Indy’s poked her head in. “I have something to report,” she said, in a tone that said, “Fasten your seatbelts.”
Jackson ushered her into his inner office, where they both took their seats on his little facing couches. “Let’s have it,” he said.
“I’ve been sifting through all the email and web traffic in the days around the disappearances. Since you asked me to look into Chief Finn’s background, I decided to take a closer look at his Internet usage. His second day onboard he did several web searches, all based on the word ‘Mukalla’— that’s a city on the coast of Yemen…”
Jackson recognized it: the location Finn mentioned, where the “incident” occurred.
“The other search terms included ‘terror attack,’ ‘massacre,’ and the date July 28.”
“I don’t remember reading any news about a recent massacre in that part of Yemen.”
“There wasn’t any. So I dug a little.”
It had taken a bit of digital forensics to tunnel down to it, and all she could unearth were references in an obscure Naval Special Warfare report, withheld from the public and classified as “investigation pending,” plus a few unsubstantiated rumors.
“There was an AQAP cell operating in the area, carrying out local assassinations and grand theft — mostly drug money.”
Jackson nodded. AQAP: Al Qaeda in the Arabian Peninsula.
“According to the report, nearly four weeks ago, on July 26, the group tortured and killed an American journalist. Two days later a SEAL team stormed their safe house, but they managed to evade capture. That same night, they slaughtered a nearby settlement of farmers who had given up their location. You didn’t read about this because the whole thing was buried, kept completely out of the press.”
Jackson gave a low whistle. “An American journalist. Wonder how they kept that quiet.” He frowned. “And why?”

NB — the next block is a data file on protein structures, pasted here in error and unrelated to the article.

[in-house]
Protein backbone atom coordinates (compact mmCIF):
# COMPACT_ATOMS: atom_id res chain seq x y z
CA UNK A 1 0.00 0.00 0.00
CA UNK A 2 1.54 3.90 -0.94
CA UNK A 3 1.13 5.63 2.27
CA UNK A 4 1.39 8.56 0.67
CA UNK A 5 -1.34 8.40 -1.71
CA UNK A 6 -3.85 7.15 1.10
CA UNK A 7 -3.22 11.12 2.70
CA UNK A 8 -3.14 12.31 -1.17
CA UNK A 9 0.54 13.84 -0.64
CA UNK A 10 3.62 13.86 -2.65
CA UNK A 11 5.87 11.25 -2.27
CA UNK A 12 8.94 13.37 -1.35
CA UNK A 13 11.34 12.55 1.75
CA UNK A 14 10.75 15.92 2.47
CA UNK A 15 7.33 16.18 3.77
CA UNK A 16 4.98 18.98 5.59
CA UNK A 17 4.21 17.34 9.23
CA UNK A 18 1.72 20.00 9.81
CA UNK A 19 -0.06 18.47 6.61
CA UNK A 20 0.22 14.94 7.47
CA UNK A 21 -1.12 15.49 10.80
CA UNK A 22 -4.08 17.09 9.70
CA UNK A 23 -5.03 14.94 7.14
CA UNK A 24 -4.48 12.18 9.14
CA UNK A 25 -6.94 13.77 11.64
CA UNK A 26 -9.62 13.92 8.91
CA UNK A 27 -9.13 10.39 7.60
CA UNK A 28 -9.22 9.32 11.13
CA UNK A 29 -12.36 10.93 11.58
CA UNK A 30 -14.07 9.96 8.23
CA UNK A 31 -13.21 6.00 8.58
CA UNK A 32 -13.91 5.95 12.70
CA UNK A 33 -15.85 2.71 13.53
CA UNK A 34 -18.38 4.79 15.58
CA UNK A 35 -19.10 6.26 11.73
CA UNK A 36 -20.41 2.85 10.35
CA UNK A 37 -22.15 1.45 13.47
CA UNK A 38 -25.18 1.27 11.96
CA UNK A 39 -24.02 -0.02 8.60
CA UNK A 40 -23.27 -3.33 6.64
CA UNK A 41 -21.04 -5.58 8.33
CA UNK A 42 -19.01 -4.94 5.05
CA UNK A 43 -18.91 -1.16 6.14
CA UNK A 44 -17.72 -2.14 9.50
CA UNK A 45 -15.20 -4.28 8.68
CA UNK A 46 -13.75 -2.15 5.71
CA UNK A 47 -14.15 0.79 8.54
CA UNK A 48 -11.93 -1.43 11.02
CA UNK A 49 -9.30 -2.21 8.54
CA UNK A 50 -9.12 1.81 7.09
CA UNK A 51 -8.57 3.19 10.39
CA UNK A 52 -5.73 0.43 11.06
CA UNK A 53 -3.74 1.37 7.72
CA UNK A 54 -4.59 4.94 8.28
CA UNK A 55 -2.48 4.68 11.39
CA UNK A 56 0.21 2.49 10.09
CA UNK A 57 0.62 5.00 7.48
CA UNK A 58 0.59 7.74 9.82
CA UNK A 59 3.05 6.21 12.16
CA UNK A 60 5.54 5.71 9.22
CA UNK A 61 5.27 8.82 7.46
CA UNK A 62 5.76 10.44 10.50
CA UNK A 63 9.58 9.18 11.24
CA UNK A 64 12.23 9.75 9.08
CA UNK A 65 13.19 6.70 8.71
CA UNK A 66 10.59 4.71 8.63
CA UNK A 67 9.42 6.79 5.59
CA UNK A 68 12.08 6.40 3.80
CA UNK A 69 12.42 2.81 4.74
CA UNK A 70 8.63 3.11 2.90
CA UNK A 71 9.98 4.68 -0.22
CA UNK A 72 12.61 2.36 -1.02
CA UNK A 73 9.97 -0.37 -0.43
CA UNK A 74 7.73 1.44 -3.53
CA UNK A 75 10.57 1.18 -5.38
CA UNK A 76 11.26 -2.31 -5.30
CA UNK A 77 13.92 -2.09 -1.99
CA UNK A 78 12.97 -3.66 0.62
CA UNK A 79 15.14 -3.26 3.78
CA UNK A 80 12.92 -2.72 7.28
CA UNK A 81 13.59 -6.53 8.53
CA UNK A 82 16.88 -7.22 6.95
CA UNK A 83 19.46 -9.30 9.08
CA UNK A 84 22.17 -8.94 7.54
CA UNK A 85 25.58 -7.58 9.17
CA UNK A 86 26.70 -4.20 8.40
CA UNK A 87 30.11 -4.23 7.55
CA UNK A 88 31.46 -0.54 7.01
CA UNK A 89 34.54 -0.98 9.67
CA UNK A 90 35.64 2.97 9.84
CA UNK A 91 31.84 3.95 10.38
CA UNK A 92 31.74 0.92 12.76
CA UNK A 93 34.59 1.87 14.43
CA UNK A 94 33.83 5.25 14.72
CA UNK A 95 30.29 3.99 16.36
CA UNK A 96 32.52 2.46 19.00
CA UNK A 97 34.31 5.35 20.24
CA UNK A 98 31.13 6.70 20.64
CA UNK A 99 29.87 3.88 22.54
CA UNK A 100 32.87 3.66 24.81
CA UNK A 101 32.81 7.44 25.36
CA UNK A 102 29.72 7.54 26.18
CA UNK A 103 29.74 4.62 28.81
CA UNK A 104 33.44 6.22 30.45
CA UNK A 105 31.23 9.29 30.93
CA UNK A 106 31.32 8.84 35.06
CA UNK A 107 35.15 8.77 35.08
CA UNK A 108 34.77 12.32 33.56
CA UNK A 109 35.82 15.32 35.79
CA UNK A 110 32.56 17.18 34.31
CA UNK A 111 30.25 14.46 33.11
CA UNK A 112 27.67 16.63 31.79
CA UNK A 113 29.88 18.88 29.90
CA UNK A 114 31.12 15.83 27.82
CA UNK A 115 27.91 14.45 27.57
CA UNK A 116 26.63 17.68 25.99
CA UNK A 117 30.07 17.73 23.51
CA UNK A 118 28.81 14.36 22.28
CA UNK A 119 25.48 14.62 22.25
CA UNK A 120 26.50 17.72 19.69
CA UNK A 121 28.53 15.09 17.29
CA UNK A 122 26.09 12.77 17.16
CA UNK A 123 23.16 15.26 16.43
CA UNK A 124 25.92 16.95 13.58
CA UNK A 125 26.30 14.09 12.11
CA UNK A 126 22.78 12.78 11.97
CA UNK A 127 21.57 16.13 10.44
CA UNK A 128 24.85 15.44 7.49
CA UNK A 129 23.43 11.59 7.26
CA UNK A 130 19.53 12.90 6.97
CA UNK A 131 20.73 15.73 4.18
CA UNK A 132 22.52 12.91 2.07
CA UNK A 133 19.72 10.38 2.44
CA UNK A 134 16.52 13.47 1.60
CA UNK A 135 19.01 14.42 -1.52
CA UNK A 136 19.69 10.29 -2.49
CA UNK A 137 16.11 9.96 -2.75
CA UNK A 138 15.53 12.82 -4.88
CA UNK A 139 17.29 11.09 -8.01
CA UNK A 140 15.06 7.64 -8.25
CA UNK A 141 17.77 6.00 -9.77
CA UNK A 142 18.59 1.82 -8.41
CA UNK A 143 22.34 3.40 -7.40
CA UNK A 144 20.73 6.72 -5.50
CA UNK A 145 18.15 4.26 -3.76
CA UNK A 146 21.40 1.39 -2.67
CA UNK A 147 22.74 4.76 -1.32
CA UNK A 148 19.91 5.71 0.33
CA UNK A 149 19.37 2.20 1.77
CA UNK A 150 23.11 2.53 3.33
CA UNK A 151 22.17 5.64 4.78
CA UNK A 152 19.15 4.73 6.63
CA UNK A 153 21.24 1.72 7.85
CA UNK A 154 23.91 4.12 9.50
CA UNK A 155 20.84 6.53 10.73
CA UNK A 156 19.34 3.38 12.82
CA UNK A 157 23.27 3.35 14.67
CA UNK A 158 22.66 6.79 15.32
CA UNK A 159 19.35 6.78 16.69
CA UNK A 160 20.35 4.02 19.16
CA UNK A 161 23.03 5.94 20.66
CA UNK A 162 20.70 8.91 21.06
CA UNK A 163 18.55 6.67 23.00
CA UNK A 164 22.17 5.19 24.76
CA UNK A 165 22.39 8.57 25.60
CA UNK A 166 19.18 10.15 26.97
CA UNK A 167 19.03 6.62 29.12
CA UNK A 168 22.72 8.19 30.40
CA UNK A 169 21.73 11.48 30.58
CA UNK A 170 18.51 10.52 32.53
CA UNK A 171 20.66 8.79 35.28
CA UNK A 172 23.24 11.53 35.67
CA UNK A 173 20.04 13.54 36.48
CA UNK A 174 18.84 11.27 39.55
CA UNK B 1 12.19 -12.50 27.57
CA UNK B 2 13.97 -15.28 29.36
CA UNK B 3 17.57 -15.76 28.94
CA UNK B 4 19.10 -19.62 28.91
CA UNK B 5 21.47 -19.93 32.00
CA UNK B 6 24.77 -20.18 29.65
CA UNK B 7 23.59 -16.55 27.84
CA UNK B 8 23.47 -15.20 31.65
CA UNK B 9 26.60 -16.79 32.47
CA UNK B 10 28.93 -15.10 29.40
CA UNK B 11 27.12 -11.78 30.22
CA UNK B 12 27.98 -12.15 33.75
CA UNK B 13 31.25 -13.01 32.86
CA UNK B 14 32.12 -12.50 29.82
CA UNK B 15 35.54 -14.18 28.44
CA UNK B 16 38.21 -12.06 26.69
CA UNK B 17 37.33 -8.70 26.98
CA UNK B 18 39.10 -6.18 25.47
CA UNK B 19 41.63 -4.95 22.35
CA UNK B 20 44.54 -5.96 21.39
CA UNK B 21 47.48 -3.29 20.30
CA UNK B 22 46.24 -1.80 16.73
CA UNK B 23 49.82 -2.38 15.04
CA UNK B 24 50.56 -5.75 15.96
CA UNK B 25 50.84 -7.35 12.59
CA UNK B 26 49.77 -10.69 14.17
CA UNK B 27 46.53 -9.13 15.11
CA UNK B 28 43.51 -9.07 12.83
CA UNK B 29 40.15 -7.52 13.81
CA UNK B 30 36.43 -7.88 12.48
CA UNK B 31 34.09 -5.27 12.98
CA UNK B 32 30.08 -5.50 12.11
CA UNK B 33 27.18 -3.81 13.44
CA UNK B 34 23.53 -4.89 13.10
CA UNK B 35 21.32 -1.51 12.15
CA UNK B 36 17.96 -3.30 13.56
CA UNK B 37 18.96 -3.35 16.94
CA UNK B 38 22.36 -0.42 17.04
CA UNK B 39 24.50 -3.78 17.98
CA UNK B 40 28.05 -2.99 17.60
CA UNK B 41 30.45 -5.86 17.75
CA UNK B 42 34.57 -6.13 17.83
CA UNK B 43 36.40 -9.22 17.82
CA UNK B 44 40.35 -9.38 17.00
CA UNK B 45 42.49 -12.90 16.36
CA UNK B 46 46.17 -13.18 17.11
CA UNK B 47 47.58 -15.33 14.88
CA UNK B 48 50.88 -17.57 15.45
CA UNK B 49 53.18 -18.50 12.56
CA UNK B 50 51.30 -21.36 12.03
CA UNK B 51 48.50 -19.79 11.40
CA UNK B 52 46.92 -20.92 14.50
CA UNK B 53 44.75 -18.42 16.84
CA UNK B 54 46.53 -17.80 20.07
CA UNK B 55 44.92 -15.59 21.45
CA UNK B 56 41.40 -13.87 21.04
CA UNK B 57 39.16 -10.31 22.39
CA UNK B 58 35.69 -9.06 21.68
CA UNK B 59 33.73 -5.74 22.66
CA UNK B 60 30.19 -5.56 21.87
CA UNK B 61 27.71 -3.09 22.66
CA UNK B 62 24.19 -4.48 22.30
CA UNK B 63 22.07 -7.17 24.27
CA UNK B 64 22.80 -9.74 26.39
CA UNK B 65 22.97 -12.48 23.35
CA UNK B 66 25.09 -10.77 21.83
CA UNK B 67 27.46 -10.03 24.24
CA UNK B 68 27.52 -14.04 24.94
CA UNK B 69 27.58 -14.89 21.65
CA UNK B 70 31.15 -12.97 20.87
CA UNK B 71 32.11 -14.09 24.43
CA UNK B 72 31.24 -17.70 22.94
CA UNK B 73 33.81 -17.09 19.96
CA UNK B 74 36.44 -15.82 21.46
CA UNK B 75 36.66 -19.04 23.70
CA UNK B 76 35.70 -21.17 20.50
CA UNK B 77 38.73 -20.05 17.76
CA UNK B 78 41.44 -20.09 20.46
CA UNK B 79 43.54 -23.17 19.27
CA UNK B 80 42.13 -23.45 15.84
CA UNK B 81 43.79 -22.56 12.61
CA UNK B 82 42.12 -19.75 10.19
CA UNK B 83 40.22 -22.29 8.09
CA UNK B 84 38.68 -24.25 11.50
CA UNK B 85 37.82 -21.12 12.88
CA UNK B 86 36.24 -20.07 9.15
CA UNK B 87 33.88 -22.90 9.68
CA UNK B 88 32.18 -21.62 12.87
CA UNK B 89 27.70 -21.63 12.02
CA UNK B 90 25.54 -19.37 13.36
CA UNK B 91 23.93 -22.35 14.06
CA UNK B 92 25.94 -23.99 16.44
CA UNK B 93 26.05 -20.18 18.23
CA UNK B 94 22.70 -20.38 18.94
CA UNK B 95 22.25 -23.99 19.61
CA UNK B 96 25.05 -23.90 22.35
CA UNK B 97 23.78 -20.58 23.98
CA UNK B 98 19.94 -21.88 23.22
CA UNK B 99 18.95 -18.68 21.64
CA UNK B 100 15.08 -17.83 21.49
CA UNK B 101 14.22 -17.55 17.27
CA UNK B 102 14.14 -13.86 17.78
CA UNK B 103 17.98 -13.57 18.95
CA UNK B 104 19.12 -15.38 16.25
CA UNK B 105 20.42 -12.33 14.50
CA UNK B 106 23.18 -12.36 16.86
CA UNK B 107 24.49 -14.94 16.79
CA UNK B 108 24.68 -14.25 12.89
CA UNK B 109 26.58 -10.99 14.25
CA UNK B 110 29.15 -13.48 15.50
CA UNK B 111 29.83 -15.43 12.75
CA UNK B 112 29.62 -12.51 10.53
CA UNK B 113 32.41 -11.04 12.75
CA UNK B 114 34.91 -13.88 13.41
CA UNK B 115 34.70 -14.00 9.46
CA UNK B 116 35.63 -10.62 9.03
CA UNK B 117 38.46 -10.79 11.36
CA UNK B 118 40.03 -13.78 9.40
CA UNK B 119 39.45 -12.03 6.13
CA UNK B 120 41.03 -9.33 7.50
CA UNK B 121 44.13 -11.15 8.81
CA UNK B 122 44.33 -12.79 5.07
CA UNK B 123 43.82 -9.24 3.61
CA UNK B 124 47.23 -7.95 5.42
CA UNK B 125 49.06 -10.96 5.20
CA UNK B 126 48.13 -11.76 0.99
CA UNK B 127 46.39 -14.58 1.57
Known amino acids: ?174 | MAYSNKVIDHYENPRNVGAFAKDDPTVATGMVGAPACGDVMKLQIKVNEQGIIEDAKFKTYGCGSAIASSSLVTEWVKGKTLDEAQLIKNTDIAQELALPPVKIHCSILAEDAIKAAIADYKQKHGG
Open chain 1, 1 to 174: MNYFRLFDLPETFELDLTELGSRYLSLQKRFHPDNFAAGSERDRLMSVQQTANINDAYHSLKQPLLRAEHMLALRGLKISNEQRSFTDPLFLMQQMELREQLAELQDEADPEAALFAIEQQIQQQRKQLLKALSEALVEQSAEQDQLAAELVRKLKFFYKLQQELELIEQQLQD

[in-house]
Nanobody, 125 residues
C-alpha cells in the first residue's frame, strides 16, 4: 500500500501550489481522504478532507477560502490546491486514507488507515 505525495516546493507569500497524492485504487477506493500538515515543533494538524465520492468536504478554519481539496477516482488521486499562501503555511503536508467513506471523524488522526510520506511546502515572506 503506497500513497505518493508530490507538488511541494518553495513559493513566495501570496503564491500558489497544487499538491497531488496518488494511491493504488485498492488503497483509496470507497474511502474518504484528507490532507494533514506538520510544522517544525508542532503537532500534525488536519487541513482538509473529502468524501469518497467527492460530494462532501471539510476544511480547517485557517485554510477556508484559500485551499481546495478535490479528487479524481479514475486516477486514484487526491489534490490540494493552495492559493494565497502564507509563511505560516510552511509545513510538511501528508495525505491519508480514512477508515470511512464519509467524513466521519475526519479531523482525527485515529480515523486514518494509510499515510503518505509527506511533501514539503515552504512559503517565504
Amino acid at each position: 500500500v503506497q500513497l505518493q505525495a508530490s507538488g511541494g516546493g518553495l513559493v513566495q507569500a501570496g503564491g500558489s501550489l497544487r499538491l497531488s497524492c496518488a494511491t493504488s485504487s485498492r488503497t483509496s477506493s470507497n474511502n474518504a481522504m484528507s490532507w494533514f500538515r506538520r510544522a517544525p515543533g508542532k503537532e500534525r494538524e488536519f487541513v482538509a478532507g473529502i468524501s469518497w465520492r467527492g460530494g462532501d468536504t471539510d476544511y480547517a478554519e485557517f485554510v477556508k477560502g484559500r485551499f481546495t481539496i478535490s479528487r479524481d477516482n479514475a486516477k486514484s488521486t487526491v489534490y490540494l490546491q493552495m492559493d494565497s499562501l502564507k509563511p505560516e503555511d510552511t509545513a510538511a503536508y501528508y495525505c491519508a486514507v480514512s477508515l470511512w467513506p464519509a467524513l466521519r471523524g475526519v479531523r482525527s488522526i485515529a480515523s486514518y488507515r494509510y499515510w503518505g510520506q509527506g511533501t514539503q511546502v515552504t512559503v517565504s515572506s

“Why indeed,” said Indy.
“Which is where the rumors come into it — and where it gets weird. As I said, that is the official report. But there’s also a story, completely unsubstantiated, that it was not the terrorists who killed the locals, but a few rogue SEALs from that same team who went off the reservation and committed the atrocities.”
Indy paused. The office was so quiet Jackson could hear his own heartbeat.
“There have been no charges brought,” she went on. “No formal investigation. Right now there is nothing but a vague cloud of suspicion.”
“This SEAL platoon,” said Jackson. “Would that happen to have been Chief Finn’s unit?”
“So I’m guessing you’re going to tell me what Chief Finn’s role may have been in all this, if anything?”
Indy looked up from her notes. “Nobody is drawing that connection, at least not that I’ve been able to find.”
Jackson sighed. “You used the word, atrocities.”
“Yes. There is one more ugly detail. Whoever it was that killed these families, the rumor is that they took trophies. Ears. Scalps.”
Jackson closed his eyes. “Let me guess,” he said quietly. “And fingers.”
“And fingers,” said Indy
Finn opened his eyes.
He was on the floor of his cell, back against the bulkhead, where he’d been sitting all day with the light switched off, looking for lost memories in the dark. He took a slow breath, shut his eyes again, and once more slipped back into July 28…
A flicker of heat lightning rips open the sky, a flash bulb instant.
He is somewhere else now, standing by himself in front of a small dwelling of plaster rubble and sun-baked mud bricks, facing a wooden door. He waits a moment for the flash’s night blindness to fade.
It feels all wrong. He shouldn’t be alone. This is what a squad is for. Like the civilian police: always call for backup. But he hasn’t. He doesn’t.
His eyes regain their sensitivity, and now the darkened scene in front of him starts to resolve.
Now he sees the door clearly.
Shattered to pieces. Someone has smashed it in.
And then? Only disconnected fragments.
A flickering light bulb, skips in an old vinyl LP.
He pushes aside the shattered wooden fragments and steps through the mud-brick doorway —
Now he’s walking through the house, entering a room —
Now he’s inside the room, sitting on the earthen floor, his back to the wall. A few feet away, a shape on the floor, too dark to make out. A sleeping child? boy? girl? — another lightning flash illuminates the room — the child’s eyes stare sightless, blood oozing from both ears, blood pooling black on the floor in the strange light —
Finn’s eyes snapped open, his heart racing in the dark.
He was there.
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